Monday, January 12, 2009

Anticipation builds for ANBT number 50

As they prepare to celebrate the fiftieth anniversary of the All Native Basketball Tournament, organizers are finding that interest in this years tournament is at a higher level than usual.

Thus far 72 teams have signed letters of intent to attend the tournament which will feature the first tip off on February 7th.

This years tournament and celebration will also take place in the newly refurbished Russell Gamble Gymnasium, which will feature expanded seating and theatre like seating, the All Native will be the first event to take place with the new seating in place.

The Friday Daily News featured details of the planning thus far for the tournament.

Big jump in interest from teams for ANBT's huge 50th
By Patrick Witwicki

The Daily News
Friday, January 09, 2009
Pages one and six

The All-Native Basketball Tournament Committee isn't kidding when it says this year's event will be the biggest ever.

Sure, it's the 50th annual, a monumental event for a tournament that first began in 1960, and has evolved into one of the biggest basketball tournaments to be hosted by a B.C. city.
But with exactly four weeks to go until the tournament opens its doors, a mind-boggling 72 teams have signed letters of intent to attend the February festivities.

"There's been interest straight across the board," said Peter Haugan, ANBT vice president.
"The interest is very big, even with the hard economic times, people are still planning to come and spend their money in Prince Rupert."

Shortly after last year's tournament had wrapped up, the ANBT suggested that considering interest in the 50th was capturing the attention of nations all across B.C. and Alaska, the plan was to allow for everyone to come, in essence nixing the All-Native Qualifying Tournament that has taken place every November during the past 15 years.

Instead, the ANBT decided to emulate a system that has worked over in English soccer for years - keep with an A-division of at least 12 teams, but also have a B-division.

Then, every year, the bottom two or three teams in A would swap with the top two or three squads in B, making it easier for villages to fundraise for a single tournament, as oppose to having to find ways to travel to Rupert twice.

But the lure has also been the opportunity for all nations to join in the celebration, as Fri., Feb. 6, has been set aside as the "cultural celebration" day, where all nations will get a chance to dance and perform, leading up to the eventual opening ceremonies that will take place at 8 p.m. on that first evening.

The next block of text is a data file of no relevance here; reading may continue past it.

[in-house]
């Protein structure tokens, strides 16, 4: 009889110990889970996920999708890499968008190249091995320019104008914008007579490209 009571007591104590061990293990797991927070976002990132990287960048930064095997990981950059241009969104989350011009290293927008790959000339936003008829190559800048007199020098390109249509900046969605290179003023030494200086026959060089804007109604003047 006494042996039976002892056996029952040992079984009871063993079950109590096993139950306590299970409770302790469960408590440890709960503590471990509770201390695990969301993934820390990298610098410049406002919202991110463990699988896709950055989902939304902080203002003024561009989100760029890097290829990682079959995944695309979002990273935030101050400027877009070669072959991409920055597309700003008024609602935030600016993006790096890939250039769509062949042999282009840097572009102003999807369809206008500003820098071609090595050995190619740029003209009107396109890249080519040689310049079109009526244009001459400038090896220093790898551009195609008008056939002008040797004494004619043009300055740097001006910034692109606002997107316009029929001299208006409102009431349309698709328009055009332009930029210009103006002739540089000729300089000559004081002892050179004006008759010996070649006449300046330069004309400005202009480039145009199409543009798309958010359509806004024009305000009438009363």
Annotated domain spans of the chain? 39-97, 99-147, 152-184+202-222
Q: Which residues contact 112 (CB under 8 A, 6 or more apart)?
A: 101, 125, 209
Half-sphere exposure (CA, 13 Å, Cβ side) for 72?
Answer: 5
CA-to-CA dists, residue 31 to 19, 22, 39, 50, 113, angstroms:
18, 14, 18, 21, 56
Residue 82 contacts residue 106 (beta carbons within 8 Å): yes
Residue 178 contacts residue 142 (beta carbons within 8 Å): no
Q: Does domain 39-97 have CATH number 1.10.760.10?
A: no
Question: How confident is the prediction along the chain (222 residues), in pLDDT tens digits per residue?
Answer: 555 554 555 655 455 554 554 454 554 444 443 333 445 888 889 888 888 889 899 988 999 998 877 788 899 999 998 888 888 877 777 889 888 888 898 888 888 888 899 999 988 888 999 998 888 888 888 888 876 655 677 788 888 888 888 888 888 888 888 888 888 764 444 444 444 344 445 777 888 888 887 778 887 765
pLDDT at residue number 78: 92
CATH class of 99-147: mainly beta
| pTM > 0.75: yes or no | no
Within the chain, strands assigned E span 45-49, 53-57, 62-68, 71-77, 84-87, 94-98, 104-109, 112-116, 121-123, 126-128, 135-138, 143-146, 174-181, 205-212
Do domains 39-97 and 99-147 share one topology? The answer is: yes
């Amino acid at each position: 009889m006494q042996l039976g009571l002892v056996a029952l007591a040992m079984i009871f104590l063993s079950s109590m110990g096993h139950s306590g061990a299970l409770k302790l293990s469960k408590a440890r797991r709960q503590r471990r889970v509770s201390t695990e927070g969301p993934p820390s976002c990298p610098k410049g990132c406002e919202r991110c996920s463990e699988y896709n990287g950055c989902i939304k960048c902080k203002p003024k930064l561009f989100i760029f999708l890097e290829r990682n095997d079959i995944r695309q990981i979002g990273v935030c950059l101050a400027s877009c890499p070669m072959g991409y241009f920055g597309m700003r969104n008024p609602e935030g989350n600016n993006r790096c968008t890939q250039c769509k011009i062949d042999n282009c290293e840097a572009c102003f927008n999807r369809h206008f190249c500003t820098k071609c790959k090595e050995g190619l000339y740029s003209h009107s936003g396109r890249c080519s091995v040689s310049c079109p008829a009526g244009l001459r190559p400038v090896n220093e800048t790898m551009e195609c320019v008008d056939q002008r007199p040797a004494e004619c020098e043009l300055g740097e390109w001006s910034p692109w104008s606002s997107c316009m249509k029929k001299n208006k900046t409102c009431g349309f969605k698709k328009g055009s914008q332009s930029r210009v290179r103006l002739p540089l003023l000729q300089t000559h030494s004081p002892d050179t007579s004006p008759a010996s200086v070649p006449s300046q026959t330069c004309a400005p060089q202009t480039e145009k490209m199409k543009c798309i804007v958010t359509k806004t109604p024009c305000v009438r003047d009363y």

"That way, we'll have all the nations dancing until 8 p.m., and then the Tsimshian Nation will host the opening ceremonies," said Haugan.

In the past, the Opening Ceremonies has taken place either Monday or Tuesday after tournament games have already begun, but this year, no games will take place until Saturday morning (Feb. 7).

And yes, every single game will take place at the Jim Ciccone Civic Centre, either in the arena or the Russell Gamble Gymnasium.

"Right now, it looks like it can’t fit," said Haugan.

"With each (additional) team, you add two games (to the draw), because it's double knockout."

Interest is up in all four divisions, and not just Senior Men's, said Haugan. That means a Div-A and Div-B draw could take place for all four divisions.

Once every team has paid their entry fee and is confirmed for February, the ANBT Committee will then sit down and figure out where every team fits into the draw.

"We know which teams are the powerhouses, and we know which teams come to qualifying every year," said Haugan.

"But there are some that are on the bubble, so we still have to look at what we have in each division."

Depending on strength, an A-division could have as many as 16 teams, or by contrast, as little as 12.

From B.C.'s standpoint, two new Vancouver Island teams are looking at competing in Senior Men's - Victoria and Cape Mudge (Campbell River).

A team from Hesquiat, near Ahousaht on Western Vancouver Island, is also considering its options as entering as a separate team.

In the Women's division, the excitement is surrounding the fact that Ketchikan (including players from Metlatkala, Alaska) is returning to the ANBT after a six-year hiatus.

They were the last non-Rupert team to win the ANBT back in 2002.

And Kamloops, who ventured to the ANBT for three seasons from 2004-06, are also returning to the dance.

In Intermediates, Cowichan has decided to enter a team, excited about basketball after getting the opportunity "to host the 2008 Indigenous Games last summ9r.

And Master’s is filling out the draw as we'll, said Haugan.

And just in time for the 50th, the Civic Centre has completed putting in the new bleacher seating inside the Russell Gamble Gymnasium.

Now, every single ANBT is guaranteed a comfortable seat.

"It's beautiful seating," said Haugan.

"We might gain 100 seats, and the more, the better."

Bleachers have also been added to the endlines, which caught the ANBT committee by surprise, as they believed there would still be chairs and fl06r seating at those ends of the court.

But still, it's a welcomed new addition to the ANBT.

"We're more progressive with our season tickets this year, because everywhere is a good seat," said Haugan.

The deadline for teams is Jan. 14, and the ANBT Committee then hopes to have a schedule done by that weekend (Jan. 16).

Last year's winners included Bella Bella taking both the Senior Men's and Masters divisions; Metlakatla Crest repeating as Women's champions, and Metlakatla, Alaska taking the Intermediates crown.

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